30. 30. Resnick HE, Redline S, Shahar E, Gilpin A, Newman A, Walter R, et al. Diabetes and sleep disturbances: findings from the Sleep Heart Health Study. Diabetes Care. 2003;26(3):702–9. Epub 2003/03/01. pmid:12610025.
  31. 31. Rijken PM, Dekker J, Dekker E, Lankhorst GJ, Bakker K, Dooren J, et al. Clinical and functional correlates of foot pain in diabetic patients. Disabil Rehabil. 1998;20(9):330–6. Epub 1998/07/17. pmid:9664191.
  32. 32. Rayburn WF. Diagnosis and classification of diabetes mellitus: highlights from the American Diabetes Association. The Journal of reproductive medicine. 1997;42(9):585–6. Epub 1997/10/23. pmid:9336756.
  33. 33. Resnick HE, Carter EA, Aloia M, Phillips B. Cross-sectional relationship of reported fatigue to obesity, diet, and physical activity: results from the third national health and nutrition examination survey. Journal of clinical sleep medicine: JCSM: official publication of the American Academy of Sleep Medicine. 2006;2(2):163–9. Epub 2007/06/15. pmid:17557490.
  34. 34. Anderson RJ, Freedland KE, Clouse RE, Lustman PJ. The prevalence of comorbid depression in adults with diabetes: a meta-analysis. Diabetes care. 2001;24(6):1069–78. Epub 2001/05/26. pmid:11375373.
  35. 35. Egede LE, Zheng D. Independent factors associated with major depressive disorder in a national sample of individuals with diabetes. Diabetes care. 2003;26(1):104–11. Epub 2002/12/28. pmid:12502665.
  36. 36. Katon W, von Korff M, Ciechanowski P, Russo J, Lin E, Simon G, et al. Behavioral and clinical factors associated with depression among individuals with diabetes. Diabetes care. 2004;27(4):914–20. Epub 2004/03/30. pmid:15047648.
  37. 37. Ryerson B, Tierney EF, Thompson TJ, Engelgau MM, Wang J, Gregg EW, et al. Excess physical limitations among adults with diabetes in the U.S. population, 1997–1999. Diabetes care. 2003;26(1):206–10. Epub 2002/12/28. pmid:12502682.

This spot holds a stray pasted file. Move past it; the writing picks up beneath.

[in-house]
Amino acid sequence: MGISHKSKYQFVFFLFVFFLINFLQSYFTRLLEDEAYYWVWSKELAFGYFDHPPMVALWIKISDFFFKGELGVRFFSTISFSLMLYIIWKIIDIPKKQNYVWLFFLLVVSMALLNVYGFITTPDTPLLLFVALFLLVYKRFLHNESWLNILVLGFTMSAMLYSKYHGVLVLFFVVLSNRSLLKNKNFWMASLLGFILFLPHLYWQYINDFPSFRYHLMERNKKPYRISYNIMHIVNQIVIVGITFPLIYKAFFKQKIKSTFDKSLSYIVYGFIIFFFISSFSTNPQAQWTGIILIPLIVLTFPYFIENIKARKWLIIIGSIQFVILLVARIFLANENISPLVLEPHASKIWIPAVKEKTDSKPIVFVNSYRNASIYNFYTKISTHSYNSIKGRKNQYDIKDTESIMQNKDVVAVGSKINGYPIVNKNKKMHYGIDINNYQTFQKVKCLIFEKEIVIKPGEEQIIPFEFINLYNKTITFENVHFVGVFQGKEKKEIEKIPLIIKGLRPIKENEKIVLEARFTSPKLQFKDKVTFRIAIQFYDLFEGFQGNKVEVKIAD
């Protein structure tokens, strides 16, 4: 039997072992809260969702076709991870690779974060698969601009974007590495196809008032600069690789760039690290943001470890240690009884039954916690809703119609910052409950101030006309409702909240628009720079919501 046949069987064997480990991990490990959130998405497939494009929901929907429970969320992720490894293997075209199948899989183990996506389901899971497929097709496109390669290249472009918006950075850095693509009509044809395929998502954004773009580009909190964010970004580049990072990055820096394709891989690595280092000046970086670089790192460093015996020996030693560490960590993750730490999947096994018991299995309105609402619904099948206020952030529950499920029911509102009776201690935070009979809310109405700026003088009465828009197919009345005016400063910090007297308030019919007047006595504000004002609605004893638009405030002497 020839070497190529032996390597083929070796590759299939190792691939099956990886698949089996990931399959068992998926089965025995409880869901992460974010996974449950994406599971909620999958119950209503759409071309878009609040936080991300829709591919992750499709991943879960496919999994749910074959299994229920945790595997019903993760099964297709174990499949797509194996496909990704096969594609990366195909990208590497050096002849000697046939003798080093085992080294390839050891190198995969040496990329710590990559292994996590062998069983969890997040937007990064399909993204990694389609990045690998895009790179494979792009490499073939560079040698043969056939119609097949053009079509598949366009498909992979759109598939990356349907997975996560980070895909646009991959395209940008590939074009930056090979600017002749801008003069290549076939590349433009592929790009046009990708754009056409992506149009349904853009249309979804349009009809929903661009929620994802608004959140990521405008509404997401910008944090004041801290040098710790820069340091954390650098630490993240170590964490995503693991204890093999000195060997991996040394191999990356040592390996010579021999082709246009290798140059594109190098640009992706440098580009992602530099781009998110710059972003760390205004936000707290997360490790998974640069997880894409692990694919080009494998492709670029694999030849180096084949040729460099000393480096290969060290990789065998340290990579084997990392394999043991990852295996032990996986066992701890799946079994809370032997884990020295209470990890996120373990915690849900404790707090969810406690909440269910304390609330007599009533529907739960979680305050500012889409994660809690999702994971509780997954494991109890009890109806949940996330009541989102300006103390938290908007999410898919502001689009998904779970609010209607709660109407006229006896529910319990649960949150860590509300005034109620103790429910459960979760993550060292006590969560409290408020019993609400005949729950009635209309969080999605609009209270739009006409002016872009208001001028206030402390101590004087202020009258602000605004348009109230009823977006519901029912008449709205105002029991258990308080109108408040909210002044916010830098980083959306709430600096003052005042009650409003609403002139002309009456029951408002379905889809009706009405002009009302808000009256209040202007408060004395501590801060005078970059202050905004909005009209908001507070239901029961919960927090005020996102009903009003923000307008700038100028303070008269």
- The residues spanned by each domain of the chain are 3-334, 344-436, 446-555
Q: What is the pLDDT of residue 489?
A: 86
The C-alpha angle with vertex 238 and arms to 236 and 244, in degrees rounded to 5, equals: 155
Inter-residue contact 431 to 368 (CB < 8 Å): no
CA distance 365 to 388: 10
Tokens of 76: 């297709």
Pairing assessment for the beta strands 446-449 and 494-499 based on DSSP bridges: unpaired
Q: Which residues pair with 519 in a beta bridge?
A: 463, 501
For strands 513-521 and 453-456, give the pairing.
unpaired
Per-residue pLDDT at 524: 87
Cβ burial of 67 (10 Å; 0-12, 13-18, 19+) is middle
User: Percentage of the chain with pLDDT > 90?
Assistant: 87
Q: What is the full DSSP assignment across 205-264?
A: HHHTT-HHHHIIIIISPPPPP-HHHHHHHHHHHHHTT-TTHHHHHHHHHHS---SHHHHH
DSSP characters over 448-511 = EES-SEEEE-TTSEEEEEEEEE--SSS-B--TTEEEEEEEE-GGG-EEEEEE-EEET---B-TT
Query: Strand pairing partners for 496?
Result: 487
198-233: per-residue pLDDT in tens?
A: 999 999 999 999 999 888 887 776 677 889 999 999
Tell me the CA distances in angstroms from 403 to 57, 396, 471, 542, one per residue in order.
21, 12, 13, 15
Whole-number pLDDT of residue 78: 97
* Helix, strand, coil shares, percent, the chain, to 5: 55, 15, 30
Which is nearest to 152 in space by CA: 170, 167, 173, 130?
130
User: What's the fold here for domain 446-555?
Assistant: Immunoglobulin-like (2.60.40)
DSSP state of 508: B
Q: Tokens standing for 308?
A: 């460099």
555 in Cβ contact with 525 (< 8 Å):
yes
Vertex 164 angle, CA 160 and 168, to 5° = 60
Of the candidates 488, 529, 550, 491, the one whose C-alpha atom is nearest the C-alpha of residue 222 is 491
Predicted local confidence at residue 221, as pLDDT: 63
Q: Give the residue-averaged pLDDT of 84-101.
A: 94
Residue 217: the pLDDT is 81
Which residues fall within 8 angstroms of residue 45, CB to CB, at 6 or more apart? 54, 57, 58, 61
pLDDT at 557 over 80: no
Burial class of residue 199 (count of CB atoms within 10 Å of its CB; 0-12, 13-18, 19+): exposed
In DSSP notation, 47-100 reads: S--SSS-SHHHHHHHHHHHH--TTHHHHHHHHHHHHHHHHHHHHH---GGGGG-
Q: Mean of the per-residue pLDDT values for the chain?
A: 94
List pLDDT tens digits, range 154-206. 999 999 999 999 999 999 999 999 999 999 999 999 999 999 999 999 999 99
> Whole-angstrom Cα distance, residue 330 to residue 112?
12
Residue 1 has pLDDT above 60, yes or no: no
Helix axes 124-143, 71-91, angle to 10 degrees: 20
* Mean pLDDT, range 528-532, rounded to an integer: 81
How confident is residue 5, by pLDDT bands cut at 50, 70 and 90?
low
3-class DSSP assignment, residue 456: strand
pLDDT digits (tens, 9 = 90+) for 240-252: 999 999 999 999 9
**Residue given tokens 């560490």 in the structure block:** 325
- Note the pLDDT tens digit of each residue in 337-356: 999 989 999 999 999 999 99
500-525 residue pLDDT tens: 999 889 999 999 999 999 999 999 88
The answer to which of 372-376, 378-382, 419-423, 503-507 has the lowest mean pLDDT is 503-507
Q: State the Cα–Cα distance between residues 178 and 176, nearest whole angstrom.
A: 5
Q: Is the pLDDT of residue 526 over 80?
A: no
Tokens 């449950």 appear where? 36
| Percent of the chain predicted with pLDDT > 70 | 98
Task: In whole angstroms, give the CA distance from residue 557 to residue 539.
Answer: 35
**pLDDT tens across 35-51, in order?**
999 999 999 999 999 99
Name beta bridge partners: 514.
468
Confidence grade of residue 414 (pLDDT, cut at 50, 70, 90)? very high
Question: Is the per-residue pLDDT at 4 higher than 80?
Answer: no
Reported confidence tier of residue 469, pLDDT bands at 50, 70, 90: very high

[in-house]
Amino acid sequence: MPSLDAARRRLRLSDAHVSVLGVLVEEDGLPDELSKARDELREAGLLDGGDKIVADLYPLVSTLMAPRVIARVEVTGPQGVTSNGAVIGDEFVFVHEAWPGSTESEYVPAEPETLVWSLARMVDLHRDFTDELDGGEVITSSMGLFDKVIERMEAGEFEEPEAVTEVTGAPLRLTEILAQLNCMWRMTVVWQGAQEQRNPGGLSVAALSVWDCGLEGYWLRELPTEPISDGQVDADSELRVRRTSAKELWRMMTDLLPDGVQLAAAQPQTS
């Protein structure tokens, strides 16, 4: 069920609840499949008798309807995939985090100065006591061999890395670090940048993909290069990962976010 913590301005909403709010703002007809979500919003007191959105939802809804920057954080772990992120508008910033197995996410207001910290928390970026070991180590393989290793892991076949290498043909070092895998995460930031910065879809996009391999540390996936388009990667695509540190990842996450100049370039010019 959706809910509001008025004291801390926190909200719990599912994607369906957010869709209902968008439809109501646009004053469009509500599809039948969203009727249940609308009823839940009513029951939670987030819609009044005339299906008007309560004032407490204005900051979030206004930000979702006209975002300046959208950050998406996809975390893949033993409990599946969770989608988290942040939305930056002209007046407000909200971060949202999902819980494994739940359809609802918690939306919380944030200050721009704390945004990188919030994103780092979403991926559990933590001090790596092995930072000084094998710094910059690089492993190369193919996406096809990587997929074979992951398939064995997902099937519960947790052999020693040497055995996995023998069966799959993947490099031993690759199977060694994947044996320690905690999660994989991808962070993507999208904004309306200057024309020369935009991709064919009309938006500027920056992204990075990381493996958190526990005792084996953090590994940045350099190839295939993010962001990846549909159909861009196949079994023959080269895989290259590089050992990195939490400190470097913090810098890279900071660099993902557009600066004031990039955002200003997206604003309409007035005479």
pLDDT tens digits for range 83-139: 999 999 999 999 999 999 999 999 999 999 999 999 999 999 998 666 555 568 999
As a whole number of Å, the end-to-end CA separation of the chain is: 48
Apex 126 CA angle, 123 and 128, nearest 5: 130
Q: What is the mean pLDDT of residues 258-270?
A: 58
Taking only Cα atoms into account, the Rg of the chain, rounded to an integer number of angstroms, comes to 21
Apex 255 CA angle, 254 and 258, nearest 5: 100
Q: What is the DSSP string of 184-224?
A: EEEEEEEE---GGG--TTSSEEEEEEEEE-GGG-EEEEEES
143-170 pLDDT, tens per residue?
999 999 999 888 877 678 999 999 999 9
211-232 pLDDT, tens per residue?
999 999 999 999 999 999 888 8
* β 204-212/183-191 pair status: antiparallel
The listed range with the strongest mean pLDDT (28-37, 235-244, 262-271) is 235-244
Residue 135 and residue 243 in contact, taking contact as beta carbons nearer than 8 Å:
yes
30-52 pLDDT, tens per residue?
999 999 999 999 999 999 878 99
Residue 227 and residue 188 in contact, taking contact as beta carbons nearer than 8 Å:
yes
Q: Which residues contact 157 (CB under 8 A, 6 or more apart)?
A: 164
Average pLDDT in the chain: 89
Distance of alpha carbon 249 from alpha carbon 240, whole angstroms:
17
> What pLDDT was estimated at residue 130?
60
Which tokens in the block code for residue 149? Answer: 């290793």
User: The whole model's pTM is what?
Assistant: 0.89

38. 38. Smets EM, Garssen B, Bonke B, De Haes JC. The Multidimensional Fatigue Inventory (MFI) psychometric qualities of an instrument to assess fatigue. Journal of psychosomatic research. 1995;39(3):315–25. Epub 1995/04/01. 002239999400125O [pii]. pmid:7636775
  39. 39. Fritschi C, Quinn L, Hacker ED, Penckofer SM, Wang E, Foreman M, et al. Fatigue in women with type 2 diabetes. Diabetes Educ. 2012;38(5):662–72. Epub 2012/06/21. 0145721712450925 [pii] pmid:22713262.
  40. 40. Bradley C, Todd C, Gorton T, Symonds E, Martin A, Plowright R. The development of an individualized questionnaire measure of perceived impact of diabetes on quality of life: the ADDQoL. Qual Life Res. 1999;8(1–2):79–91. Epub 1999/08/24. pmid:10457741.
  41. 41. Bradley C, Speight J. Patient perceptions of diabetes and diabetes therapy: assessing quality of life. Diabetes Metab Res Rev. 2002;18 Suppl 3:S64–9. Epub 2002/09/27. pmid:12324988.
  42. 42. Kong D, Ding Y, Zuo X, Su W, Xiu L, Lin M, et al. Adaptation of the Audit of Diabetes-Dependent Quality of Life questionnaire to people with diabetes in China. Diabetes Res Clin Pract. 2011;94(1):45–52. Epub 2011/06/21. pmid:21683467.